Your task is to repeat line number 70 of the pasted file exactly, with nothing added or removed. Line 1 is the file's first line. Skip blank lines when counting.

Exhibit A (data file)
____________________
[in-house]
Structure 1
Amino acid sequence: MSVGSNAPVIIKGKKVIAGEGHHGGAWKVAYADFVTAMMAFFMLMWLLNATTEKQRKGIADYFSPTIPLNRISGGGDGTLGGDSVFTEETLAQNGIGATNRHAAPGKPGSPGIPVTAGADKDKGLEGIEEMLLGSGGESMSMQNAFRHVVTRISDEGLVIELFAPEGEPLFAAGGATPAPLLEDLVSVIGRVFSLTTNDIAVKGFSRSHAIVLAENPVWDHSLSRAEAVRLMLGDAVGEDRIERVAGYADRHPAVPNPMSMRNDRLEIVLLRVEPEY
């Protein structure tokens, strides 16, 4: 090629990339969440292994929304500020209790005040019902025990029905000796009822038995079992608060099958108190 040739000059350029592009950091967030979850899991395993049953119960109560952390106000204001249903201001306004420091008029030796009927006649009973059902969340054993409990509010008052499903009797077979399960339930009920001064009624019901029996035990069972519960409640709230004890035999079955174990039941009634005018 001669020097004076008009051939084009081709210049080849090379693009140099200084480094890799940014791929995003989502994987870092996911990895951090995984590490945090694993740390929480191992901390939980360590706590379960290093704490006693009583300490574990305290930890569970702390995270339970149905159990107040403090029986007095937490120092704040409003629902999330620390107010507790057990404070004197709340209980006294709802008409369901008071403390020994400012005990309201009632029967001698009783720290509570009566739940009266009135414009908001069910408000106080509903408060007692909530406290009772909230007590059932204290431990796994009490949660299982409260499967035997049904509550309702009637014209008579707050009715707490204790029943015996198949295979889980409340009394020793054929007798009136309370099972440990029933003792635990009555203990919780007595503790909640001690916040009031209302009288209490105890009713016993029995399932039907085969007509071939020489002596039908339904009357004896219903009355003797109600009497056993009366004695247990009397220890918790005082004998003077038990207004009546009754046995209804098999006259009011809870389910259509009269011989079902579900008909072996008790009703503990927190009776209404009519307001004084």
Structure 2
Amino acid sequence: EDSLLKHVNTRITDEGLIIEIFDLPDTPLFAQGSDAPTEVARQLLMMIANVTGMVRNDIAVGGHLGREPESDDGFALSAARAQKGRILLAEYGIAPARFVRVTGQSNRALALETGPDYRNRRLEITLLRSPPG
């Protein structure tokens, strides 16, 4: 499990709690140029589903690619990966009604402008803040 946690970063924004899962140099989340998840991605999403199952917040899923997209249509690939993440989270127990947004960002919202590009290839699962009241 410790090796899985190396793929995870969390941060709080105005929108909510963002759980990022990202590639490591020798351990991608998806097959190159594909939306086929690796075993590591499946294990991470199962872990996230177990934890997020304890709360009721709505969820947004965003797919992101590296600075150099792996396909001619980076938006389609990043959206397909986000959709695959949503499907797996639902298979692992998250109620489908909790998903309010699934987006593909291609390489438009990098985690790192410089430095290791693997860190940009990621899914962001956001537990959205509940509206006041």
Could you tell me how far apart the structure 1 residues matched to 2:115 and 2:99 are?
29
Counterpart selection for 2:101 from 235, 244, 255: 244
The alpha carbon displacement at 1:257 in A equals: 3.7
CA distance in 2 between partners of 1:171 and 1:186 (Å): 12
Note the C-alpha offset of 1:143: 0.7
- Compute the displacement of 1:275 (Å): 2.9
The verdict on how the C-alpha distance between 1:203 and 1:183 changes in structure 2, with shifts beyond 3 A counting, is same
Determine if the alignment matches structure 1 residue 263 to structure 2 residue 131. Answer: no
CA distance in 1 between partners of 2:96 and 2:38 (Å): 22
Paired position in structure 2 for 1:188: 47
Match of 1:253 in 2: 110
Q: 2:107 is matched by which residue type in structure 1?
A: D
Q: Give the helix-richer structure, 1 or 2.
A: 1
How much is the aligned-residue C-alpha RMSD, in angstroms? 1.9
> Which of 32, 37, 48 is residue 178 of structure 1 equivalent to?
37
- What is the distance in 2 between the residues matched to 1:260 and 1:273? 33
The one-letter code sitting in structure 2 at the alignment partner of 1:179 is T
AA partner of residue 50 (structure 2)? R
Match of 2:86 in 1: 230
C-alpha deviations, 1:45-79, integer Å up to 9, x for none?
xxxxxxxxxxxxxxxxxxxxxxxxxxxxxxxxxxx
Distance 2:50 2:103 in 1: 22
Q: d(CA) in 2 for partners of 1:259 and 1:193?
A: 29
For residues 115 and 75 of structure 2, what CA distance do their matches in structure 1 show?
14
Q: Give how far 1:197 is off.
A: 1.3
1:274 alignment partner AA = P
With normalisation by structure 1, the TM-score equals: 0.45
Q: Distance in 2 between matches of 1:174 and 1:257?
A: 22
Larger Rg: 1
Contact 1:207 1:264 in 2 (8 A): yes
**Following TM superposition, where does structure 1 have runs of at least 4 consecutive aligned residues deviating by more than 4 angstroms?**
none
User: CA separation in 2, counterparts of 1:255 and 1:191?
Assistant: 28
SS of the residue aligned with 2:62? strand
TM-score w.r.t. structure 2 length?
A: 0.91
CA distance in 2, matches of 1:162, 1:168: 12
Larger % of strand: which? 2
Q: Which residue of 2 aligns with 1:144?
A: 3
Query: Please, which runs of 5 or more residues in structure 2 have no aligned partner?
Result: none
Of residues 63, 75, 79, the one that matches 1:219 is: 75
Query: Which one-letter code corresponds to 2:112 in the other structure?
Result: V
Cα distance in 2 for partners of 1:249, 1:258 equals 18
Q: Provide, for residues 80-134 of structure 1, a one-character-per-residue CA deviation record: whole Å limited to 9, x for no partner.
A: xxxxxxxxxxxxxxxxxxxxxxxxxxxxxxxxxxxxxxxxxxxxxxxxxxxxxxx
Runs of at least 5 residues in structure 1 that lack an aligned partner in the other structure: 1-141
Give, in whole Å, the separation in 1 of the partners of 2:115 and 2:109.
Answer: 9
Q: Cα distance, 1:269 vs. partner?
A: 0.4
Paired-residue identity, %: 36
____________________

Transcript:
Paired-residue identity, %: 36